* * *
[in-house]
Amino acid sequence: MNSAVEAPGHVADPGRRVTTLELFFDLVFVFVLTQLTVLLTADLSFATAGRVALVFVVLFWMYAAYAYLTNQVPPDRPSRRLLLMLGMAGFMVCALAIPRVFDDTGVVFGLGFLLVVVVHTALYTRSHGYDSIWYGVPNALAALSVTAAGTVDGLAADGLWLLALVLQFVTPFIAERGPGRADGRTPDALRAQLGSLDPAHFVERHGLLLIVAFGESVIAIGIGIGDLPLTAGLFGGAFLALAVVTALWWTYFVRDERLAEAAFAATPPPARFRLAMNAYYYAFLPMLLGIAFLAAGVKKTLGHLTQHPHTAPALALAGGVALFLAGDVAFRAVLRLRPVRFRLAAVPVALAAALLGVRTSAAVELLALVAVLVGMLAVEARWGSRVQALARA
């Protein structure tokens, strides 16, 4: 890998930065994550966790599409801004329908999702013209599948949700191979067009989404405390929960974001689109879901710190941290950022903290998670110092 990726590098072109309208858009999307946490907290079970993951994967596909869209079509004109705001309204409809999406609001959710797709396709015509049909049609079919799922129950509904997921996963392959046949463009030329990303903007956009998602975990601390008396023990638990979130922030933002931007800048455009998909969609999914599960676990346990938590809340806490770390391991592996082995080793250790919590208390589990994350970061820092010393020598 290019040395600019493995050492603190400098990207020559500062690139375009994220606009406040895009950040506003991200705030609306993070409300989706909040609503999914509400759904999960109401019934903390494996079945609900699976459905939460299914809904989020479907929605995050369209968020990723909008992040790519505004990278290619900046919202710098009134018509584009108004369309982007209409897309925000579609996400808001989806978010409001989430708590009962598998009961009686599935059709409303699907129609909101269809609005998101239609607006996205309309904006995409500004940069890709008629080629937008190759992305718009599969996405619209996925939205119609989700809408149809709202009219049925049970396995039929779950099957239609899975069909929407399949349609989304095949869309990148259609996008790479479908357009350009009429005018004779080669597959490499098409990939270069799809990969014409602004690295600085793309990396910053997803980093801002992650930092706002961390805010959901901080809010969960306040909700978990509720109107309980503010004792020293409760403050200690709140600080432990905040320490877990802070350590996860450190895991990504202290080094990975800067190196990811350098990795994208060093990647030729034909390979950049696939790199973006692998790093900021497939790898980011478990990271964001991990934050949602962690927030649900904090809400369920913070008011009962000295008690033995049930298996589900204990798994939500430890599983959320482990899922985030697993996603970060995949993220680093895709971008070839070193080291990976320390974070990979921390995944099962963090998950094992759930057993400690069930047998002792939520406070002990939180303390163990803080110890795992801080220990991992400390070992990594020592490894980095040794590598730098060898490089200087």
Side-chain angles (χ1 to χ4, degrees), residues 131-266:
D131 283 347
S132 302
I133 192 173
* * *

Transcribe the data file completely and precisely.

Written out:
[in-house]
Amino acid sequence: MNSAVEAPGHVADPGRRVTTLELFFDLVFVFVLTQLTVLLTADLSFATAGRVALVFVVLFWMYAAYAYLTNQVPPDRPSRRLLLMLGMAGFMVCALAIPRVFDDTGVVFGLGFLLVVVVHTALYTRSHGYDSIWYGVPNALAALSVTAAGTVDGLAADGLWLLALVLQFVTPFIAERGPGRADGRTPDALRAQLGSLDPAHFVERHGLLLIVAFGESVIAIGIGIGDLPLTAGLFGGAFLALAVVTALWWTYFVRDERLAEAAFAATPPPARFRLAMNAYYYAFLPMLLGIAFLAAGVKKTLGHLTQHPHTAPALALAGGVALFLAGDVAFRAVLRLRPVRFRLAAVPVALAAALLGVRTSAAVELLALVAVLVGMLAVEARWGSRVQALARA
């Protein structure tokens, strides 16, 4: 890998930065994550966790599409801004329908999702013209599948949700191979067009989404405390929960974001689109879901710190941290950022903290998670110092 990726590098072109309208858009999307946490907290079970993951994967596909869209079509004109705001309204409809999406609001959710797709396709015509049909049609079919799922129950509904997921996963392959046949463009030329990303903007956009998602975990601390008396023990638990979130922030933002931007800048455009998909969609999914599960676990346990938590809340806490770390391991592996082995080793250790919590208390589990994350970061820092010393020598 290019040395600019493995050492603190400098990207020559500062690139375009994220606009406040895009950040506003991200705030609306993070409300989706909040609503999914509400759904999960109401019934903390494996079945609900699976459905939460299914809904989020479907929605995050369209968020990723909008992040790519505004990278290619900046919202710098009134018509584009108004369309982007209409897309925000579609996400808001989806978010409001989430708590009962598998009961009686599935059709409303699907129609909101269809609005998101239609607006996205309309904006995409500004940069890709008629080629937008190759992305718009599969996405619209996925939205119609989700809408149809709202009219049925049970396995039929779950099957239609899975069909929407399949349609989304095949869309990148259609996008790479479908357009350009009429005018004779080669597959490499098409990939270069799809990969014409602004690295600085793309990396910053997803980093801002992650930092706002961390805010959901901080809010969960306040909700978990509720109107309980503010004792020293409760403050200690709140600080432990905040320490877990802070350590996860450190895991990504202290080094990975800067190196990811350098990795994208060093990647030729034909390979950049696939790199973006692998790093900021497939790898980011478990990271964001991990934050949602962690927030649900904090809400369920913070008011009962000295008690033995049930298996589900204990798994939500430890599983959320482990899922985030697993996603970060995949993220680093895709971008070839070193080291990976320390974070990979921390995944099962963090998950094992759930057993400690069930047998002792939520406070002990939180303390163990803080110890795992801080220990991992400390070992990594020592490894980095040794590598730098060898490089200087």
Side-chain angles (χ1 to χ4, degrees), residues 131-266:
D131 283 347
S132 302
I133 192 173